KUALA LUMPUR: The head of an Islamic reforms group said the recent conference on diversity featuring Anwar Ibrahim and three foreign Muslim speakers did not live up to its theme as it failed to address sectarianism and intra-Muslim differences.
Dr Ahmad Farouk Musa, who heads the Islamic Renaissance Front, also questioned why speakers at the "International Unity in Diversity Conference" did not elaborate on the Sunni-Shia divide, despite the issue making headlines in the Muslim world, including in Malaysia.
But he said he was not surprised, saying the speakers at the half-day event yesterday might be ill-equipped to address a complicated issue that "required more than motivational soundbites".
"The conference to me was benign and somehow suits the Taman Tun and Bangsar crowd very well," he quipped when met yesterday on the sidelines of the conference, where he was invited as a participant.
"That type of lectures on becoming good Muslims and the choice of speakers have been their forte all this while."
The three foreign speakers were American Muslims Omar Suleiman and Yasir Qadhi, both of whom are active in fee-based Islamic courses tailored to the needs of busy professionals and English-speaking Muslims.
Another speaker was Nuruddin Lemu from Nigeria, who is also sought after to conduct Islamic training courses.
Anwar delivered the main speech at the conference, organised by his International Institute of Islamic Thought (IIIT), the Malaysian Muslim Youth Movement (Abim) and the Muslim Professionals Forum (MPF).
Organisers had earlier rejected a suggestion that the conference was a response to the KL Summit hosted by Dr Mahathir Mohamad last month, which made global headlines after it came under attack from Saudi Arabia.
Farouk said while he did not believe the conference yesterday was to counter the KL Summit, any conference themed on Islam and diversity should not miss the Shia-Sunni animosity, which he described as "the most salient and pertinent issue" in talking about diversity to a Muslim audience.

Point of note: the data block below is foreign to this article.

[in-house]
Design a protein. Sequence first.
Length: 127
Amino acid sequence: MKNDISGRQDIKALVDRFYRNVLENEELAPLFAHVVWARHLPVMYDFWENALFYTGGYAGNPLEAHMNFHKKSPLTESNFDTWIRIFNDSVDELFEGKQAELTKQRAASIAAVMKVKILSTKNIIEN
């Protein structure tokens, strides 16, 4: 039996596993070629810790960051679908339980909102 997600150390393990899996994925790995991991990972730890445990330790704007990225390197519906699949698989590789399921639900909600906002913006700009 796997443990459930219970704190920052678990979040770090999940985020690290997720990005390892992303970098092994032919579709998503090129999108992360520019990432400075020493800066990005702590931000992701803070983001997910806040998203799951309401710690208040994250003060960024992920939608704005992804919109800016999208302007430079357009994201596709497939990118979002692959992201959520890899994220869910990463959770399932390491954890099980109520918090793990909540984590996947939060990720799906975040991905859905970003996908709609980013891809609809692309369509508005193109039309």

"I do not think the reason for them — being speakers from abroad —not knowing about such a problem is acceptable. This is a global issue and we are facing a similar problem in this country that must be addressed before it becomes a chronic problem to our society."
Shia, the second-largest branch of Islam, is predominantly followed in Iraq, Iran, Kuwait, Bahrain, Lebanon and several parts of Saudi Arabia, Yemen and Pakistan.
Malaysian Islamic authorities have, over the years, been enforcing a fatwa declaring Shia teachings as "deviant".
Farouk said the speakers could have at least spoken out against a recent speech by a Saudi diplomat in KL condemning Shias as heretics.
"Failing to address this issue of paramount importance at this time, in particular, is very regrettable. This is especially so when Shias were not only demonised by the Saudi diplomat, but also by local imams during every Friday sermon in Selangor," he added.
"Where else in the world could we find such hatred towards the same brothers that believe in the same God, the same prophet, and the same Quran, except in this country?"
Farouk said "Unity in Diversity", the theme of yesterday's conference, could mean either diversity in a multicultural society or diversity in Islam's denominations.
"The main and acute problem we are facing in this country is the second form of diversity — to accept religious minorities such as Shias as our brothers in faith," he said.
"Similarly, the issue of Islamophobia was addressed (at the conference), though this is more pressing in the West when compared to our milieu."